As a nice bonus, it’s one of the most affordable areas in the city. Because gentrification hasn’t yet fully hit the neighborhood, prices have remained pretty low. Yep, it’s not quite as classy as most other parts of the city, but it’s welcoming and friendly—and because many families from around the planet live here, it can be a great place to raise kids.

8. Belem

Best for: living on the seaside, a life away from central Lisbon, and getting your mouth around the original Pastel de Nata

Belem sits around 5 km (8 miles) west of the city’s very-central districts.

Pretty, picturesque, and laid-back, it’s a lot more touristy than most people expect (and a lot busier than most people expect). Though it’s not central, it offers tasty seafood restaurants, pretty waterside stretches, and some of the city’s most famous tourist attractions.

Those attractions include Jerónimos Monastery, the picturesque Belem Tower, and Pasteis De Belem, the bakery where the famous Pastel de Nata (that’s the Portuguese egg tart) was first commercially sold. And get this: the tarts were invented by monks who lived in Jerónimos Monastery back in the early 1800s.

That said, Belem is still a lot less busy than central parts of the city—when the summer tourists leave Belem behind, it’s quiet, cozy, and a pleasant place to call home.  

This is also one of the city’s best districts for raising kids—you’re located between the British School of Lisbon and Prime School International. Other child-friendly perks: the district borders the huge green space of Parque Florestal de Monsanto (packed with hikes, cycle routes, viewpoints, ponds, and more), you’re close to lots of waterside places to walk and cycle, and you get high levels of safety.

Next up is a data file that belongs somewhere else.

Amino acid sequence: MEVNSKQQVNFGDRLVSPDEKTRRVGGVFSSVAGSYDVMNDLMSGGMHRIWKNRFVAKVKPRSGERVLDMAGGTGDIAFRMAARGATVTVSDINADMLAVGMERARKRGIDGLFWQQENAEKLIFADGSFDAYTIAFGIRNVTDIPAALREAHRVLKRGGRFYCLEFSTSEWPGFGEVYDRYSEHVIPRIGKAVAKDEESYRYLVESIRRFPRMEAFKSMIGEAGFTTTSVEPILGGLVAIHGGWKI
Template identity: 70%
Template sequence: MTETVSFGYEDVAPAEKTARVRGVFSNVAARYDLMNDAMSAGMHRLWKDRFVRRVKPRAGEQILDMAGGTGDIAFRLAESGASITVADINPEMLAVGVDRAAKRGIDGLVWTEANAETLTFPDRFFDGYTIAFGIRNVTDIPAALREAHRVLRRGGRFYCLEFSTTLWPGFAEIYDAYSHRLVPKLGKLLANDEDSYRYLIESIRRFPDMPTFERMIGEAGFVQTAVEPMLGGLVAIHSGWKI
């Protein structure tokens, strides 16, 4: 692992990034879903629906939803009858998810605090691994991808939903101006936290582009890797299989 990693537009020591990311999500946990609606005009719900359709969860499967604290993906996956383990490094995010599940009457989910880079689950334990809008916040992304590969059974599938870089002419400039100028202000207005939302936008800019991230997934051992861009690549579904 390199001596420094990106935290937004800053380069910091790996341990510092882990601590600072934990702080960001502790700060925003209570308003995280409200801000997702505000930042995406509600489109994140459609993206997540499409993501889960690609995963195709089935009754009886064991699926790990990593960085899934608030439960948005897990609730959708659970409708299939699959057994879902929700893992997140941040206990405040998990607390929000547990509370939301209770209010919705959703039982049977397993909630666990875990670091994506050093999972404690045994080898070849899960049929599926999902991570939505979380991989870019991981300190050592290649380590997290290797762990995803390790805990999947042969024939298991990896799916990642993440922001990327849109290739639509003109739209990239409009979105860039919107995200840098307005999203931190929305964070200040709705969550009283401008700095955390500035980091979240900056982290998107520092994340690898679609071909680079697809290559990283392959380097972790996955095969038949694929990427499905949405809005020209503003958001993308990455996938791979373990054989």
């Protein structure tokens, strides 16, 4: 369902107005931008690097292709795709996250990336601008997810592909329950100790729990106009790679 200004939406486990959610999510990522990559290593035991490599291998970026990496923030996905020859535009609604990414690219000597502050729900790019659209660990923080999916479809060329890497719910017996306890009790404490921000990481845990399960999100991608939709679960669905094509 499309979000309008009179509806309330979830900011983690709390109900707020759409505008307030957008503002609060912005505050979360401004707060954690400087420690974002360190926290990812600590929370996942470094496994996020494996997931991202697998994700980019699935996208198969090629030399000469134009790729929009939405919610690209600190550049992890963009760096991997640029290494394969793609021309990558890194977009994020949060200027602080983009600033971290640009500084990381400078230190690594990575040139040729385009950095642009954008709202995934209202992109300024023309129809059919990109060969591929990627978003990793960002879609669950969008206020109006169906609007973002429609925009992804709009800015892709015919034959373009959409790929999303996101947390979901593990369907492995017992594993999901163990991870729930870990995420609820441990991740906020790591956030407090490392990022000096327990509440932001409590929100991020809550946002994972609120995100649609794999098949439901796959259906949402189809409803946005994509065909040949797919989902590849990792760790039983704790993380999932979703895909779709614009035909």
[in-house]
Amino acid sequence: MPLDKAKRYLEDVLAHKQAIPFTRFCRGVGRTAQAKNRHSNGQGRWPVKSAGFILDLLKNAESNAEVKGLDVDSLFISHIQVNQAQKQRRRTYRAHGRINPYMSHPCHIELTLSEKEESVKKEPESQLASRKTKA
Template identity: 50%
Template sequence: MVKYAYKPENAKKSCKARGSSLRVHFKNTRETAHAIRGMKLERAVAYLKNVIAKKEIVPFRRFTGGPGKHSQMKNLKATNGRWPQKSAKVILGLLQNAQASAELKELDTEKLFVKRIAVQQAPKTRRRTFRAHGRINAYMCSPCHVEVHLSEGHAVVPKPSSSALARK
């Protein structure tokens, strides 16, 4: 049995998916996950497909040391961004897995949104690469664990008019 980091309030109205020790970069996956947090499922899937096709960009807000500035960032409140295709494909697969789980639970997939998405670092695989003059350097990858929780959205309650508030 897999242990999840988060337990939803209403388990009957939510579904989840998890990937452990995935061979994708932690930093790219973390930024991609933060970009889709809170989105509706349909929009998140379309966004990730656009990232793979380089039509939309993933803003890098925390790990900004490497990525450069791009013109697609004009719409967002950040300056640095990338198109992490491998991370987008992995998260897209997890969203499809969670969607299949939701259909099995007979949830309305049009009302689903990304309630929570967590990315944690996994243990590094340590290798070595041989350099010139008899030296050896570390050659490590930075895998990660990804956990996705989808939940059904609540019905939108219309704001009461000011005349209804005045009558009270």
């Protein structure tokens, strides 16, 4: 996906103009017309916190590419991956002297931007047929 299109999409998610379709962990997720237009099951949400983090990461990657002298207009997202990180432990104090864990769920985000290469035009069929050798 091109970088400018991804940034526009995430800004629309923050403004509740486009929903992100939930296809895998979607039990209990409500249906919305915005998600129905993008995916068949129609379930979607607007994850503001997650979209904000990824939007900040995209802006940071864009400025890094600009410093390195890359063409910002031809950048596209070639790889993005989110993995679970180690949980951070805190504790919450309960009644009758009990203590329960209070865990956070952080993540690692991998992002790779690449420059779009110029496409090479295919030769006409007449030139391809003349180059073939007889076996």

Overall, if you want a nice mixture of seaside adventures, not-too-close-but-not-too-far distance from the city center, and a laid-back life of sun and fun, this is one of the best neighborhoods to live in Lisbon.

Top tip: if you want to live here but avoid the bulk of the tourists, find an apartment in the northern stretches of the district.

The Iconic Belem Overlooking the River Tagus

9. Parque das Nações

Best for: high levels of safety and silence, all the conveniences you could ever need, and feeling like you live in the future 

While Belem sits around 8 km (5 miles) west of the city’s very-central districts, Parque das Nações sits the same distance east of them.

So, again, it’s a good choice for anyone who doesn’t want to live in the center. And, just like Belem, it’s a good choice for anyone who wants to live right on the coast.

But in many ways, it’s very different to Belem.

Expect a sleek skyline, some lofty buildings, and a futuristic vibe. Completely different to the central parts of Lisbon, it’s hyper-modern and whitewashed… and (for better or worse) this neighborhood could be anywhere on the planet.

If you value safety, a quiet life, and endless conveniences without having to be located in a city center, this is exactly the type of neighborhood you’ll want. Yeah, it’s residential, but you could live your entire life here, without ever needing to leave the district—you’ll find stores, cinemas, gyms, healthcare, supermarkets, and some pretty green spaces.